Following a recent conversation, in which we were discussing the goodness and wisdom of God, I was given permission to share this story.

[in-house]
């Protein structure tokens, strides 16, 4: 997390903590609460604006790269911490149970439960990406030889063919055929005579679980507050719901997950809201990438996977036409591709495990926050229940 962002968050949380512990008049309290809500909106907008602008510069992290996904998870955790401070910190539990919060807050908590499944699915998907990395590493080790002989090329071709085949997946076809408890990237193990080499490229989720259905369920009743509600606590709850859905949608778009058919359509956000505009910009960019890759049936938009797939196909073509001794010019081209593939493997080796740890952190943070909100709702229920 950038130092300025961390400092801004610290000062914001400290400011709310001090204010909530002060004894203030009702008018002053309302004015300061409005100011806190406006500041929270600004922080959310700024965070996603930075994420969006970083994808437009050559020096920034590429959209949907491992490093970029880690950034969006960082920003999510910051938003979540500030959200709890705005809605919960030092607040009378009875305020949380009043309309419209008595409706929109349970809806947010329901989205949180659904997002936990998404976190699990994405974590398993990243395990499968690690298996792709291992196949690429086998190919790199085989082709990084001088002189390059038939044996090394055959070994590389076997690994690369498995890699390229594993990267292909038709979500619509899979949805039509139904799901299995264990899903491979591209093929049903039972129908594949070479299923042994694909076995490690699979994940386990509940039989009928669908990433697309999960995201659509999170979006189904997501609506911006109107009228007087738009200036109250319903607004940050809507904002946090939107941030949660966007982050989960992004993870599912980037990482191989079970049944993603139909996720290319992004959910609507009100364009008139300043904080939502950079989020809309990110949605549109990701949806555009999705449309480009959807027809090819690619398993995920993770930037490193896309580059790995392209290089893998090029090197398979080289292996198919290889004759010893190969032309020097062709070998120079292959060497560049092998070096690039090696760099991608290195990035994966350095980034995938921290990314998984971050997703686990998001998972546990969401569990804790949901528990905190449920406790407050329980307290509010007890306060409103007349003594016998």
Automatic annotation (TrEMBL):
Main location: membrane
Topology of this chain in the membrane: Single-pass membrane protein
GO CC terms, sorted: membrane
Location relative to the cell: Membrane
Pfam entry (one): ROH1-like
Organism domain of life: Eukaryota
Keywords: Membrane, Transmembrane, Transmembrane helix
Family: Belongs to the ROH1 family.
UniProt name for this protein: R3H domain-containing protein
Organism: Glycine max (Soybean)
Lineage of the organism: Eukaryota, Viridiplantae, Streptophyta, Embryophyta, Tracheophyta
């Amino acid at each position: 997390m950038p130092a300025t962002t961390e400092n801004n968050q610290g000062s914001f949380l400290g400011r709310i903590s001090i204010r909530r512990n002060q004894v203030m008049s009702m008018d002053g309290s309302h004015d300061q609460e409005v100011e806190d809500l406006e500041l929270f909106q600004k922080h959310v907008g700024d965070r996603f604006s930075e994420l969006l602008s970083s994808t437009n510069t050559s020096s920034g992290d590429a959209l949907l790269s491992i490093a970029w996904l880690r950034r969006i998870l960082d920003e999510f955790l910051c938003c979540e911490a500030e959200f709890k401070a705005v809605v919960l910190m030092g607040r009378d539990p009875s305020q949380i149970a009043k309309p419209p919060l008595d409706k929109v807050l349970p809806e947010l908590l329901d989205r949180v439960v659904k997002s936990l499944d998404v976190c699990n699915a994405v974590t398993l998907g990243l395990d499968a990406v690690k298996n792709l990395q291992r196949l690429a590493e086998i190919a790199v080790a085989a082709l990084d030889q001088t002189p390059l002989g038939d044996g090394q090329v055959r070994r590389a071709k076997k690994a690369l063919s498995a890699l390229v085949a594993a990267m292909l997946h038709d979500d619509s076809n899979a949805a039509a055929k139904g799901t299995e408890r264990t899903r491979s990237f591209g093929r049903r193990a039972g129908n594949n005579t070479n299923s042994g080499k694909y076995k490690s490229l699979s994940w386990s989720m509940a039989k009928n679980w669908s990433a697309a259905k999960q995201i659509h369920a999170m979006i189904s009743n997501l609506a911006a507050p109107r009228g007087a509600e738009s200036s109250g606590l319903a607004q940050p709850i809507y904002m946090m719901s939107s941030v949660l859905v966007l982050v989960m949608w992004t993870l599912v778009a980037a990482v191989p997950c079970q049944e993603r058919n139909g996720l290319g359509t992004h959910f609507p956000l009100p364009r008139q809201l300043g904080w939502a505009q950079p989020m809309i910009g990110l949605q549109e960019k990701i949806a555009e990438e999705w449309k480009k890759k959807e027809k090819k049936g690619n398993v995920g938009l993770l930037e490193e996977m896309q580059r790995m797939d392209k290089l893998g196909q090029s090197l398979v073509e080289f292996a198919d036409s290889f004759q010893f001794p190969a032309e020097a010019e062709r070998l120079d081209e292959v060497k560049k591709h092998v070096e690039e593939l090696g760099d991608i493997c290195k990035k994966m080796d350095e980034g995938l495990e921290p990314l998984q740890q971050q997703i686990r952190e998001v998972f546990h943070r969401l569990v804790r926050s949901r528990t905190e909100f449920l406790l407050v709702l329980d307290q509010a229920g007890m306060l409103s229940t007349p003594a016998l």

As I was conversing with Aaron Ellis concerning his recent back issues, something in both of our hearts began to surface. Instantaneously, we began sharing how God’s Fingerprints are evident in our lives, and how His loving care is never far from us. Aaron shared an interesting perspective which solidified this point. As Aaron and Rose moved into their new home in Linden, Aaron quickly noticed (with his doctor observation skills), judging by the amount of safety rails and a stair elevator, one or both of the previous owners had suffered with obvious health issues. Aaron mentioned his first thought, once settled into the house, was to remove this “equipment,” but today he is glad he did not do it. Recently, as Aaron has experienced severe back issues, various thoughts concerning his future capabilities, as well as Rose’s care, took center stage in his mind. He contemplated several options, and even considered building a house on land connected to Will and his family, which would supply family support and secondary assistance. As Aaron weighed his future possibilities, a light suddenly illuminated in his mind. The house that God had led them to (which they currently occupy), has everything Aaron and Rose need in this current moment. Unfortunately, because of his condition, he discovered a use for all of the support amenities his house has. He said although he didn’t need them when he purchased the house, he is thankful that God led them to that house and had it “readied” for the day when Aaron would need it. At this, both of our voices began to quiver as we realized how our God had orchestrated this all, knowing what was coming in the Ellis’ future.